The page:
I see. In that case, I might be able to bring in a few more brains to pick on the subject.

On 12/9/2022 at 5:27 AM, Aemony said:

Nobody is really against implementing it, however how such an implementation would look like is what we constantly stumble on. And with me and seemingly nobody else interested in actually spending the necessary time to figure everything out, we never end up seeing a suggested implementation either.

  • "Spatial audio" (which is really a catch-all umbrella term)
  • Audio renderers (the "backend" that renders the audio)
  • Audio mixes (e.g. Battlefield's various ways of mixing the audio)
  • Supported channel outputs and whatnot (e.g. mono, stereo, 5.1, etc)

It usually starts with someone suggesting something simple ("add support for listing Dolby Atmos support in Windows!") but then that suggestion grows because "Dolby Atmos" in this case is most often merely an audio renderer of Windows' Spatial Sound platform, meaning any game that "supports" Dolby Atmos technically supports all Spatial Sound audio renderers, so both Dolby Atmos, DTS Headphone:X, and Windows Sonic for Headphones... But then just because that wasn't complicated enough, we also have "native" Dolby Atmos (HDMI) aka "Dolby Atmos for home theater", which sorta is its own thing but also not, in that it requires the whole audio output from the system to be encoded in Dolby Atmos which has its own consequences even for non-spatial sound capable apps and whatnot...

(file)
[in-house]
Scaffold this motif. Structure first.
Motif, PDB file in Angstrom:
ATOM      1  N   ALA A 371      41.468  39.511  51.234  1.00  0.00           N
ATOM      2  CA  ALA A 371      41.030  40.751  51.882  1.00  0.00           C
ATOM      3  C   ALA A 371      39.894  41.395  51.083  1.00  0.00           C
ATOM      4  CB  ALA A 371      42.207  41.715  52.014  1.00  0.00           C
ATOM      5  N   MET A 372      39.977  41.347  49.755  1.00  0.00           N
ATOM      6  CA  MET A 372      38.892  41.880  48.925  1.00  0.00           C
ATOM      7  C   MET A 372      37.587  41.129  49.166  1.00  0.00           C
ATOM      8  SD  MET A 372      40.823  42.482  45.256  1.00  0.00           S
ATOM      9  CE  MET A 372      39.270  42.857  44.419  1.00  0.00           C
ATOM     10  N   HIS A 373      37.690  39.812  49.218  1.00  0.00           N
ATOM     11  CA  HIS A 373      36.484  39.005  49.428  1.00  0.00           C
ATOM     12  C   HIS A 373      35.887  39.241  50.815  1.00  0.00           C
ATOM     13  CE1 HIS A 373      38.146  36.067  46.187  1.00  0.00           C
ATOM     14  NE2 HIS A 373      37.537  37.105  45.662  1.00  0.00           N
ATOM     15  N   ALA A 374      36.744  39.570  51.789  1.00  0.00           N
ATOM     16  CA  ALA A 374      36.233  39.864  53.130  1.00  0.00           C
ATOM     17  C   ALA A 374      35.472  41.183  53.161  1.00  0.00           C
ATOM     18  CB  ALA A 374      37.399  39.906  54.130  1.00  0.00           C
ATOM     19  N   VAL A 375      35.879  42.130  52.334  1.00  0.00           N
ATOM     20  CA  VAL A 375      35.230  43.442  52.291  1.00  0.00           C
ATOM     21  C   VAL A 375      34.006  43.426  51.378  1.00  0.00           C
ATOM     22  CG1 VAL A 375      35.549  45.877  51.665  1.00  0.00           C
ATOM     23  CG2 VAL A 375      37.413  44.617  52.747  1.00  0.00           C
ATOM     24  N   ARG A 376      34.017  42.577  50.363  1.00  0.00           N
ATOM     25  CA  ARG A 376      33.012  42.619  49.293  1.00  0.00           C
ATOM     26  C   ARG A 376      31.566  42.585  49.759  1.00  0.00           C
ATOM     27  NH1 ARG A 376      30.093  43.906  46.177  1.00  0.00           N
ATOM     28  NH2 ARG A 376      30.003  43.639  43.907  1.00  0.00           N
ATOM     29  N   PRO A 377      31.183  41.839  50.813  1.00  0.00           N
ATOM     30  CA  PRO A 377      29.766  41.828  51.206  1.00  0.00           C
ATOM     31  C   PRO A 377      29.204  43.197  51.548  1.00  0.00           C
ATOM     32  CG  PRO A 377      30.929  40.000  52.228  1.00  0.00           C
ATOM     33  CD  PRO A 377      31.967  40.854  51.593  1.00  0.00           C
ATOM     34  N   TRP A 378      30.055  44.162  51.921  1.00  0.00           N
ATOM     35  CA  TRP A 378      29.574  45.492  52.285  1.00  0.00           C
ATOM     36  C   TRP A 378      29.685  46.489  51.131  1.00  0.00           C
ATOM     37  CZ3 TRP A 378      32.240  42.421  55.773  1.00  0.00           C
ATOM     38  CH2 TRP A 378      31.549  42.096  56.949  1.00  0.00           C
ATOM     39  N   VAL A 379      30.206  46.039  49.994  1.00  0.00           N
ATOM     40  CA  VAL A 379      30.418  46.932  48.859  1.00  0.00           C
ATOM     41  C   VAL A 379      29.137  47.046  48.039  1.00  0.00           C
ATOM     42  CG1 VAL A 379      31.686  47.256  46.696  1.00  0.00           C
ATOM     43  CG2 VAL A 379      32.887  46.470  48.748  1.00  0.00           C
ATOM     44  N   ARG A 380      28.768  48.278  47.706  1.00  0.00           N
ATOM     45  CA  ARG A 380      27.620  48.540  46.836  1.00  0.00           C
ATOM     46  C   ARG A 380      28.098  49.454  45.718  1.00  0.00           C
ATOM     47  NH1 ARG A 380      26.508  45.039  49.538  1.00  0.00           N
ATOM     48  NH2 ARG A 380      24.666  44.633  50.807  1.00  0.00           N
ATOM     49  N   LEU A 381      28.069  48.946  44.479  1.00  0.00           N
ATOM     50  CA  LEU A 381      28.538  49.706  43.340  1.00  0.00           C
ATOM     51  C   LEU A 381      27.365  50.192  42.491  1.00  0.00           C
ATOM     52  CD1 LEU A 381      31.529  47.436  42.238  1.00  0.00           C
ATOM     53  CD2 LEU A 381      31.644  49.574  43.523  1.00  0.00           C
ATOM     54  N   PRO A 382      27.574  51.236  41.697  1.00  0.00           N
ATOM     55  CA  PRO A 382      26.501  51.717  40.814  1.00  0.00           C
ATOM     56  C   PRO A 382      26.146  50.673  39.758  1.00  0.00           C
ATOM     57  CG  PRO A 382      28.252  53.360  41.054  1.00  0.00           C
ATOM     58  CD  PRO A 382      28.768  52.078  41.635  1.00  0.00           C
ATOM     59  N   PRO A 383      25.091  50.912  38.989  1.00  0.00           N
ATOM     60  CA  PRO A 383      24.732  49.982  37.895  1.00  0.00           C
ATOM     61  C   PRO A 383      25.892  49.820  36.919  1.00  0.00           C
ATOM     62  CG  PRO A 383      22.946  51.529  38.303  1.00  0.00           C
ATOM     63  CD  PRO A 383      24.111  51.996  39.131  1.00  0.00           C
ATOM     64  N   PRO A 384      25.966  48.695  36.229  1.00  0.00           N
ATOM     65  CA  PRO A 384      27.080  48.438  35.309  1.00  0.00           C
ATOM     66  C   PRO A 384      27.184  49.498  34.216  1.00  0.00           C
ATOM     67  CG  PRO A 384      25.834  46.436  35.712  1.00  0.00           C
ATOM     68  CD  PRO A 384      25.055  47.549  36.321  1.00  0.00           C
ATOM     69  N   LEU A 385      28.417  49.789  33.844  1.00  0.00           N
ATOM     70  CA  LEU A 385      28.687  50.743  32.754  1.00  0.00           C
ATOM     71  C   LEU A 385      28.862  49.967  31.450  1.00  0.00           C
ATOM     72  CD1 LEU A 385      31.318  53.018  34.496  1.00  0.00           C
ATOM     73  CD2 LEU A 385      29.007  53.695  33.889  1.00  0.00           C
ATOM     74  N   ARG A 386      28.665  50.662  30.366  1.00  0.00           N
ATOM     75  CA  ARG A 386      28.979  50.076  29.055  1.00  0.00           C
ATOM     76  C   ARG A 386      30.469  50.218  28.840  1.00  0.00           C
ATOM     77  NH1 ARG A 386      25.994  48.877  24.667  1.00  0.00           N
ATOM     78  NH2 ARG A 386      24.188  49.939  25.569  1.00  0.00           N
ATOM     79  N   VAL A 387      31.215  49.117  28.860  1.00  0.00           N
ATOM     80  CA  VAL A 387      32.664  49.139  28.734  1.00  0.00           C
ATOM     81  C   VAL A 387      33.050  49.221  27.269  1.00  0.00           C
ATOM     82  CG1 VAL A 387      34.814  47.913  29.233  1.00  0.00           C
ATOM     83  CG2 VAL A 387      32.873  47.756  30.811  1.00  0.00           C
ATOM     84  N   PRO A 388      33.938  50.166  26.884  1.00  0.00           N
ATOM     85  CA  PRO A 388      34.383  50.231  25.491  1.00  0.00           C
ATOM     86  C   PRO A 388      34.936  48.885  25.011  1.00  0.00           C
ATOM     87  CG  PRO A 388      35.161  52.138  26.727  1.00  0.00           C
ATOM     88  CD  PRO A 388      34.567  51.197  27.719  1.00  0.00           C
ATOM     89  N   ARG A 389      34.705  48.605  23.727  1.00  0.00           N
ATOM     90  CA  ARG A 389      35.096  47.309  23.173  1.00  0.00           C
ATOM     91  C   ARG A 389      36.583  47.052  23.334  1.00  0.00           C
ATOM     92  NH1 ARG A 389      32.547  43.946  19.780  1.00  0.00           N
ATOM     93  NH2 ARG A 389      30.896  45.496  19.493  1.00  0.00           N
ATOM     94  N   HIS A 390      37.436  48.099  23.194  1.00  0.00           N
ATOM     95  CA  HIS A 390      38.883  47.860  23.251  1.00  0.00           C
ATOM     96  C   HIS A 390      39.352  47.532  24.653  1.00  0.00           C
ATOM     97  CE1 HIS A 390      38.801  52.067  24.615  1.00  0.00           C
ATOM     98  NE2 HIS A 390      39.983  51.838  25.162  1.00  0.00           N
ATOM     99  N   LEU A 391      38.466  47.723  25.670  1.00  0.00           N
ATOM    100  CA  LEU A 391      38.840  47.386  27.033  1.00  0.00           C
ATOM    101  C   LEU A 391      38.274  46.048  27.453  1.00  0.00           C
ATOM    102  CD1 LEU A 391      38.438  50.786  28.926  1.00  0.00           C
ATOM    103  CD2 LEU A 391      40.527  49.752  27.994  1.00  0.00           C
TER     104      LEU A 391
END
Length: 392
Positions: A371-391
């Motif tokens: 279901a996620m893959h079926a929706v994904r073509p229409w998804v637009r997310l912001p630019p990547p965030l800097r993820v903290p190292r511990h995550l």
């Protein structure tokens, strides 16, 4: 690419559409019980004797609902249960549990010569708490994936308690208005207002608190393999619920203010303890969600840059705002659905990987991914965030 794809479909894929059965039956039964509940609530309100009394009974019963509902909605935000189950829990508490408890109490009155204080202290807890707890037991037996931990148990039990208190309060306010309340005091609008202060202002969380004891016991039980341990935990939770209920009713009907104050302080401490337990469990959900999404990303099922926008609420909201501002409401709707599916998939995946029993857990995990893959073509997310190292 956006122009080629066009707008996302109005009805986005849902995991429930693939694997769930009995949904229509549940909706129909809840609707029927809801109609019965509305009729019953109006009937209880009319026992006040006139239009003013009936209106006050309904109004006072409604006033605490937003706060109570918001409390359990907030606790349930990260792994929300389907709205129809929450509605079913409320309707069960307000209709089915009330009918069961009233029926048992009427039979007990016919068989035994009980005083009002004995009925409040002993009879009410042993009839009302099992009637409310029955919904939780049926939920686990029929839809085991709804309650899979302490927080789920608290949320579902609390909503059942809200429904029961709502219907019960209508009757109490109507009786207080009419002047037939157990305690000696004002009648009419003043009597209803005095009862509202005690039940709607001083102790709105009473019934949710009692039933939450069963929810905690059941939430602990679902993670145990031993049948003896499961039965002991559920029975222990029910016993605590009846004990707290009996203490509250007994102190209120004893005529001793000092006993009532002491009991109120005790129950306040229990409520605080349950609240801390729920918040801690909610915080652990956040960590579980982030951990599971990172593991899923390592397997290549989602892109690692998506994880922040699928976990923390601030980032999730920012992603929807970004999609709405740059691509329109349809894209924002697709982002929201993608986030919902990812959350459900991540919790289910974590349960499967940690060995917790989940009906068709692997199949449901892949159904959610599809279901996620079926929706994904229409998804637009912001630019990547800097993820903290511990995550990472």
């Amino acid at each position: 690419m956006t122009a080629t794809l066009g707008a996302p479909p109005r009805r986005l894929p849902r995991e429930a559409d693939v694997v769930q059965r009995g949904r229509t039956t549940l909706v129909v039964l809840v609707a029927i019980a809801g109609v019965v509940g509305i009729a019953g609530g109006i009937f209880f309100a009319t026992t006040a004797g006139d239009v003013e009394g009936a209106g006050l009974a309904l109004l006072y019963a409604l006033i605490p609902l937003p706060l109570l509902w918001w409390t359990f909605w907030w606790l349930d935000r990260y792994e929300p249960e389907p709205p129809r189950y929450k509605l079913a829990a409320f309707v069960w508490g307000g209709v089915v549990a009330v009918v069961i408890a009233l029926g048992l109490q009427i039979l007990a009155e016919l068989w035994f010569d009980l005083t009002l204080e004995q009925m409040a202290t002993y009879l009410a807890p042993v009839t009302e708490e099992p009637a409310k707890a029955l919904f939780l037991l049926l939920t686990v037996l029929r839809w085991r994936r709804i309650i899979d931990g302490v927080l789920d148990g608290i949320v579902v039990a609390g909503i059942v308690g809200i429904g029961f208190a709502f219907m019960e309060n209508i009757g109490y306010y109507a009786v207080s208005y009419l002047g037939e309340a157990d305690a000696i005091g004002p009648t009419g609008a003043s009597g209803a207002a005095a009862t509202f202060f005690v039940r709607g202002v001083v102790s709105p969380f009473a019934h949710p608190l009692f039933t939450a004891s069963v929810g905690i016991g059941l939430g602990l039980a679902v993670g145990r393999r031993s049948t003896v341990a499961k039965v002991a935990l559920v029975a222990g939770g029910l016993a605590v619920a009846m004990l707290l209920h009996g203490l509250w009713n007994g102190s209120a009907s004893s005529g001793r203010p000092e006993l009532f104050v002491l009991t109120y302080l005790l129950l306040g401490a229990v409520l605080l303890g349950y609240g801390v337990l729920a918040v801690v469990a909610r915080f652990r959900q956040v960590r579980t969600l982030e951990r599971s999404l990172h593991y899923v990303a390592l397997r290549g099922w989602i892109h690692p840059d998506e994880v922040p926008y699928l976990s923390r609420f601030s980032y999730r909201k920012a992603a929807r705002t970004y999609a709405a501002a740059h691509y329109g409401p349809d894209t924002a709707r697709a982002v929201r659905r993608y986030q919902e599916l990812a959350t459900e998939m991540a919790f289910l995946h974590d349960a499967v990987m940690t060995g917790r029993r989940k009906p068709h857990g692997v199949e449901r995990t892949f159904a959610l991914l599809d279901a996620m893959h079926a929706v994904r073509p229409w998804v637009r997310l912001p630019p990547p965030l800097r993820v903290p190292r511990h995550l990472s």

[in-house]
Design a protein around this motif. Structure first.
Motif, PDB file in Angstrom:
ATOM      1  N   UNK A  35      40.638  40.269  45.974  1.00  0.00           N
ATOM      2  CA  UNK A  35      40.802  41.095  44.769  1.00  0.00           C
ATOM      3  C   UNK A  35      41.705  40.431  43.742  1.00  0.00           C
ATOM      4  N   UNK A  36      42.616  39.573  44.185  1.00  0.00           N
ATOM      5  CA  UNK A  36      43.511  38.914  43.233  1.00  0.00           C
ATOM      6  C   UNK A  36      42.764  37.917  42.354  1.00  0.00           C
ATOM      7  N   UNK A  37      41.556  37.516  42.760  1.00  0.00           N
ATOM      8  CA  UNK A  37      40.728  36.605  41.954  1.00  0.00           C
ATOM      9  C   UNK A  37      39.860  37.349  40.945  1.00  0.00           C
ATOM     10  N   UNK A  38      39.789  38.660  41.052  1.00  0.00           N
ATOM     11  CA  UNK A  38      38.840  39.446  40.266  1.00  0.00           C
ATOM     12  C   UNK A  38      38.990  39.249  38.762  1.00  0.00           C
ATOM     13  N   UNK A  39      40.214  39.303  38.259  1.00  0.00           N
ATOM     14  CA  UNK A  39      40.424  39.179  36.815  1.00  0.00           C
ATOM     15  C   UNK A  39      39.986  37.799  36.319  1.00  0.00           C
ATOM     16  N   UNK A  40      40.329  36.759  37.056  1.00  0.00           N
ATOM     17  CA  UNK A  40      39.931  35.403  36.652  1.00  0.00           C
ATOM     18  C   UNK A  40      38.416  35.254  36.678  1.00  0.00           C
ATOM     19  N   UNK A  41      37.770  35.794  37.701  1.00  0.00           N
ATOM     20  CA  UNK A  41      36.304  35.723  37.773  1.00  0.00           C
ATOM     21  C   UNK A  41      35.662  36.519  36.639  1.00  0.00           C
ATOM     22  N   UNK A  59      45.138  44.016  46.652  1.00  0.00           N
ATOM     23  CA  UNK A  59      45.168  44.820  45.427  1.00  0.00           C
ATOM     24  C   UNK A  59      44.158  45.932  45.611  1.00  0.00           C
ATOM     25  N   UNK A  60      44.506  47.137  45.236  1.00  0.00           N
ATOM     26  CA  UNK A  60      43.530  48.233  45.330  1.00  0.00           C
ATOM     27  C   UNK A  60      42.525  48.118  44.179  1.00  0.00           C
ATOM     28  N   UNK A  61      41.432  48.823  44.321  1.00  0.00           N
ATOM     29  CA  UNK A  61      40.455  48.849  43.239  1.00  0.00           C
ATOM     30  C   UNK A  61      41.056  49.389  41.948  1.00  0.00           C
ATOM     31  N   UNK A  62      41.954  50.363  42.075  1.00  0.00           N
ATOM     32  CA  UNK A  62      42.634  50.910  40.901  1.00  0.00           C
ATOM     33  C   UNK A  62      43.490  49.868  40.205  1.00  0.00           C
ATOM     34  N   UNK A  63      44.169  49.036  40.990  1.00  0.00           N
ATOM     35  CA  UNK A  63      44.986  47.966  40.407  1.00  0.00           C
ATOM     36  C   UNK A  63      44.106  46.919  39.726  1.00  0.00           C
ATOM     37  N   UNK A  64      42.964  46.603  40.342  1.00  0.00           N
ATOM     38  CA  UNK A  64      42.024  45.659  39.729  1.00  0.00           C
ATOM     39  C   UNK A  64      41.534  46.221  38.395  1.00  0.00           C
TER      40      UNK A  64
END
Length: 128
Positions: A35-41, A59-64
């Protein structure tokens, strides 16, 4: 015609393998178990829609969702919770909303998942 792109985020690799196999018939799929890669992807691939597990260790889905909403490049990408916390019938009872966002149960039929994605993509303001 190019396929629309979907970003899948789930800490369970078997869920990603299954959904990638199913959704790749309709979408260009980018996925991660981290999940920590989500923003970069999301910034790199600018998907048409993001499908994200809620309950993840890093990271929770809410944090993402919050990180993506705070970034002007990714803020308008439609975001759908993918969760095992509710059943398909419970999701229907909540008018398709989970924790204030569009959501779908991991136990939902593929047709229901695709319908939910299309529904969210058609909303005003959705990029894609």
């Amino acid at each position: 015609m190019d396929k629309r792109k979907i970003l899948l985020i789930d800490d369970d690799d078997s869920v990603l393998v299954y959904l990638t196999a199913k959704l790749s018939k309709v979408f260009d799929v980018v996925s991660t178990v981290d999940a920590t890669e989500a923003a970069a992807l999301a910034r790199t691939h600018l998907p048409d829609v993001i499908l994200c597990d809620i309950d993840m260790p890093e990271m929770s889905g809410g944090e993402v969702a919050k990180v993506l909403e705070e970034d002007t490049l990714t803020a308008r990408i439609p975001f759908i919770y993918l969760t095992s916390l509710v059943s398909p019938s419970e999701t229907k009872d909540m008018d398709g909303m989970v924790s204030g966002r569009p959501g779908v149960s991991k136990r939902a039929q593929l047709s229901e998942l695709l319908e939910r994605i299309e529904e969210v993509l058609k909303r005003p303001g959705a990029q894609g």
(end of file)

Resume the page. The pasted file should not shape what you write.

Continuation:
And it is at this point that someone brings up older spatial audio (aka 3D audio) renderers, such as OpenAL, DirectSound3D (DS3D), XAudio2 (I think?), Steam Audio, AMD TrueAudio, and whatnot, while someone else brings up the channel output configurations again, and notes how games might expost or use differnet sound/output options depending on whether the audio output device is actually reported as having multiple discrete channels, or just stereo, and whatnot.

This discussion and additional complexity usually goes on for at least an hour and often more, and at this point something that were initially regarded as rather simple turns out to be convuluted enough that I personally do not feel equipped to create even the initial implementation because I can't keep track of everything any longer nor how they relate to each other, much less how we would then document this in the editing guide for people to know how to fill out.